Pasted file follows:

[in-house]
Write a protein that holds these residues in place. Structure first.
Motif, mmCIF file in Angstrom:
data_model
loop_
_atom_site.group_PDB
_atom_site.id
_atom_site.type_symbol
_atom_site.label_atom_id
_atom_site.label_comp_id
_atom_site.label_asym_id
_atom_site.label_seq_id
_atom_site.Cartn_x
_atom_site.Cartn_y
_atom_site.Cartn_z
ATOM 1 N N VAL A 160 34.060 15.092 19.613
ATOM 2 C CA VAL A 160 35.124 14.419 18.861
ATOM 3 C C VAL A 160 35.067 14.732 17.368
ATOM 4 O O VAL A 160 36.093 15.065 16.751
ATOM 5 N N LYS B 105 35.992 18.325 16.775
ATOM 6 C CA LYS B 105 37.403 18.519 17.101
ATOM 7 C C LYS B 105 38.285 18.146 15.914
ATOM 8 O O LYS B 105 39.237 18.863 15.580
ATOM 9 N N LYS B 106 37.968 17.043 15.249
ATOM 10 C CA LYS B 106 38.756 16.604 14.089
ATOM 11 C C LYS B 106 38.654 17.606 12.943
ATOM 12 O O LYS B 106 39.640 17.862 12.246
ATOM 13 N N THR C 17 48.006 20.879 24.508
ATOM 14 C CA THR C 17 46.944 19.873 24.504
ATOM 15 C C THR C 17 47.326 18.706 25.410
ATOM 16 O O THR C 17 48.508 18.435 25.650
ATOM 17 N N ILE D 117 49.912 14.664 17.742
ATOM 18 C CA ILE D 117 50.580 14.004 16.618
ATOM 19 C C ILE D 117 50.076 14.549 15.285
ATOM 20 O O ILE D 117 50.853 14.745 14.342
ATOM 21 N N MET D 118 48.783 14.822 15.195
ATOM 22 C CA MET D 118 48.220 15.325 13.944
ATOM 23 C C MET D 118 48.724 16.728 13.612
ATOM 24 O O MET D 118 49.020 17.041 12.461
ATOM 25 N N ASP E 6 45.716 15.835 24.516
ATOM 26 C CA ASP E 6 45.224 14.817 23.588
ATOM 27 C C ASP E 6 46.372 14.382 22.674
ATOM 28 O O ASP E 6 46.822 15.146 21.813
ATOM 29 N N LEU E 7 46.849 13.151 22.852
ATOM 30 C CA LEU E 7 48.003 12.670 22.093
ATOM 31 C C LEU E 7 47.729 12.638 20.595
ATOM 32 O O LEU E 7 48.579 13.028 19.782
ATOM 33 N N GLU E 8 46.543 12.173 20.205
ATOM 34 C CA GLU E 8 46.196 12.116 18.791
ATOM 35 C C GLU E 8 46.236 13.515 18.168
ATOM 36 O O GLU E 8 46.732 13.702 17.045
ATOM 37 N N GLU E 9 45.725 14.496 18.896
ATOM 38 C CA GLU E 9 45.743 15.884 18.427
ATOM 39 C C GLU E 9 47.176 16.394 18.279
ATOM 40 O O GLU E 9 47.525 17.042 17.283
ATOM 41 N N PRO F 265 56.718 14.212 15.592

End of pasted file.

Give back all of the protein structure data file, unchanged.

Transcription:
[in-house]
Write a protein that holds these residues in place. Structure first.
Motif, mmCIF file in Angstrom:
data_model
loop_
_atom_site.group_PDB
_atom_site.id
_atom_site.type_symbol
_atom_site.label_atom_id
_atom_site.label_comp_id
_atom_site.label_asym_id
_atom_site.label_seq_id
_atom_site.Cartn_x
_atom_site.Cartn_y
_atom_site.Cartn_z
ATOM 1 N N VAL A 160 34.060 15.092 19.613
ATOM 2 C CA VAL A 160 35.124 14.419 18.861
ATOM 3 C C VAL A 160 35.067 14.732 17.368
ATOM 4 O O VAL A 160 36.093 15.065 16.751
ATOM 5 N N LYS B 105 35.992 18.325 16.775
ATOM 6 C CA LYS B 105 37.403 18.519 17.101
ATOM 7 C C LYS B 105 38.285 18.146 15.914
ATOM 8 O O LYS B 105 39.237 18.863 15.580
ATOM 9 N N LYS B 106 37.968 17.043 15.249
ATOM 10 C CA LYS B 106 38.756 16.604 14.089
ATOM 11 C C LYS B 106 38.654 17.606 12.943
ATOM 12 O O LYS B 106 39.640 17.862 12.246
ATOM 13 N N THR C 17 48.006 20.879 24.508
ATOM 14 C CA THR C 17 46.944 19.873 24.504
ATOM 15 C C THR C 17 47.326 18.706 25.410
ATOM 16 O O THR C 17 48.508 18.435 25.650
ATOM 17 N N ILE D 117 49.912 14.664 17.742
ATOM 18 C CA ILE D 117 50.580 14.004 16.618
ATOM 19 C C ILE D 117 50.076 14.549 15.285
ATOM 20 O O ILE D 117 50.853 14.745 14.342
ATOM 21 N N MET D 118 48.783 14.822 15.195
ATOM 22 C CA MET D 118 48.220 15.325 13.944
ATOM 23 C C MET D 118 48.724 16.728 13.612
ATOM 24 O O MET D 118 49.020 17.041 12.461
ATOM 25 N N ASP E 6 45.716 15.835 24.516
ATOM 26 C CA ASP E 6 45.224 14.817 23.588
ATOM 27 C C ASP E 6 46.372 14.382 22.674
ATOM 28 O O ASP E 6 46.822 15.146 21.813
ATOM 29 N N LEU E 7 46.849 13.151 22.852
ATOM 30 C CA LEU E 7 48.003 12.670 22.093
ATOM 31 C C LEU E 7 47.729 12.638 20.595
ATOM 32 O O LEU E 7 48.579 13.028 19.782
ATOM 33 N N GLU E 8 46.543 12.173 20.205
ATOM 34 C CA GLU E 8 46.196 12.116 18.791
ATOM 35 C C GLU E 8 46.236 13.515 18.168
ATOM 36 O O GLU E 8 46.732 13.702 17.045
ATOM 37 N N GLU E 9 45.725 14.496 18.896
ATOM 38 C CA GLU E 9 45.743 15.884 18.427
ATOM 39 C C GLU E 9 47.176 16.394 18.279
ATOM 40 O O GLU E 9 47.525 17.042 17.283
ATOM 41 N N PRO F 265 56.718 14.212 15.592